Last week Bloomberg Businessweek published a detailed report on the development of the heartburn drug Zantac, which revealed that Glaxo’s own scientists along with various independent researchers warned the company about the potential danger of the drug for years.

Thousands of pages of documents, many of which have never been made public, were reviewed by Bloomberg Businessweek. The documents show that the FDA considered the cancer risks when they approved ranitidine in 1982. Glaxo, however, had not shared a critical study at that time by a Glaxo scientist that found that when combined with various levels of nitrites, which are found in the human digestive system, high levels of the carcinogen N-Nitrosodimethylamine (NDMA) were produced. Scientist Richard Tanner’s report was not shared with the FDA, the associate director of clinical research in the US, or the senior medical adviser for gastrointestinal research. Glaxo now says that when testing lower levels of nitrite which are closer to conditions in an actual human stomach, Tanner did not find NDMA.

Storage Issues

Glaxo also “backed flawed research designed to minimize concerns and chose not to routinely transport and store the medication in ways that could have eased the problem.” It turned out that ranitidine wasn’t always stable. It is sensitive to heat and humidity, and when exposed to too much of either, it can degrade. This creates conditions for NDMA to form in the drug itself. Consequently, the product label included instructions to store the pills in a dry place that didn’t exceed 86 degrees Fahrenheit.

Fast Forward to 2019

It wasn’t until 2019 that ranitidine, both in Zantac and in generic brands, was found to be tainted with high levels of NDMA, a probable carcinogen, before being ingested. Valisure, a private lab operating independently of the FDA began testing and said it had found extremely high levels of NDMA in Zantac and several generic versions of ranitidine. The FDA then issued an alert but said it would conduct its own tests of ranitidine. Within a month, at least two dozen countries removed the drug from store shelves, and several makers of the drug acted on their own to stop the supply. This is what finally prompted the release of the Tanner report, which had been kept quiet since 1982.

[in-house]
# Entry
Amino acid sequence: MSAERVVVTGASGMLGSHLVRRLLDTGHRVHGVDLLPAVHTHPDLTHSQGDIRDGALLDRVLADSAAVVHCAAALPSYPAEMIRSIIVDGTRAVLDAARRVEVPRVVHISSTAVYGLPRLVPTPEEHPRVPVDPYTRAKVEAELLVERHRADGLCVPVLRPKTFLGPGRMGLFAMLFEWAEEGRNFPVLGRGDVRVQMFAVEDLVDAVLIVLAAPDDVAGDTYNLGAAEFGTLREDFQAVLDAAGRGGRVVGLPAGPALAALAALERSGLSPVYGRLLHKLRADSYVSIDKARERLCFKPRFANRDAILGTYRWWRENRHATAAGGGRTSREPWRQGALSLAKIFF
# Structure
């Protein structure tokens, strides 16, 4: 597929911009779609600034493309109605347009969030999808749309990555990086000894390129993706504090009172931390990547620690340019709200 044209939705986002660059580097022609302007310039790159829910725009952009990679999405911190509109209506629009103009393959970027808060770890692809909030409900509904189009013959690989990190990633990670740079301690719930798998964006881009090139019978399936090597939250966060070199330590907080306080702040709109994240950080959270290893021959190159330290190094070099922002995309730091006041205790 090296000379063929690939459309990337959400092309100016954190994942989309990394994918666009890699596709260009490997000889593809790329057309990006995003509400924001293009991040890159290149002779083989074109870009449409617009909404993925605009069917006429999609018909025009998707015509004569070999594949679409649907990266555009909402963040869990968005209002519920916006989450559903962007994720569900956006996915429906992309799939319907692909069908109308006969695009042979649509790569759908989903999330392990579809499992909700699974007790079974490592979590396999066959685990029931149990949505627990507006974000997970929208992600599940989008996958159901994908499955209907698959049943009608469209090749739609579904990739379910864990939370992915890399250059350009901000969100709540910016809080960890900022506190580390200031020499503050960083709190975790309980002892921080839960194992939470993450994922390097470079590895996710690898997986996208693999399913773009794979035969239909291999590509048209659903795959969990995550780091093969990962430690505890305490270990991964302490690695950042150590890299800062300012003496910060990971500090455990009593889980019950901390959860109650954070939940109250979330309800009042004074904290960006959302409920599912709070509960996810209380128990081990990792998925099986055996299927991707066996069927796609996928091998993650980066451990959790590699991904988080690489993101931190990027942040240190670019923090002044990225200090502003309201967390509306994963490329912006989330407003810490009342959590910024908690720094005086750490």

In April 2020, the FDA forced makers of any version and any dose of ranitidine to stop producing and selling it altogether. They said that even under normal storage conditions, NDMA levels increased in ranitidine. The FDA had deemed that a tiny amount of NDMA, 96 nanograms, was an acceptable amount in any drug. But they eventually revealed that they had detected 357ng of NDMA in a cool mint version of ranitidine. And five months later, they detected 931ng of NDMA.

Where It Stands Today

Although ranitidine is no longer being manufactured or sold, the FDA holds that there are “no consistent signals” that Zantac increases cancer risk. They based this on a statement in a study examining NDMA levels in the urine of people who took ranitidine. The statement relied on seven papers by outside scientists who did find links between ranitidine and breast cancer, and raised concerns about liver cancer. The authors of the papers said they didn’t have enough data to confirm a link. This is what the FDA is basing its current position on, even though three studies since then have found a link between ranitidine and bladder and liver cancers, among others.

More than 70,000 people who took Zantac or the generic ranitidine are suing manufacturers in various US state courts. Boehringer, Pfizer, and Sanofi settled one patient’s case in December, for an undisclosed amount. GlaxoSmithKline may settle also. The manufacturers are facing years of lawsuits in California, Delaware, and other states with the possibility of billions of dollars in damages.

Meanwhile, Sanofi conducted an investigation into how NDMA formed in Zantac tablets. Their hope was to be able to tweak the drug so that it could be approved by the FDA. They were unable to find an acceptable way to make Zantac with ranitidine. Sanofi has instead reformulated an OTC heartburn medication using famotidine, the active ingredient in Pepcid. They’re calling it Zantac.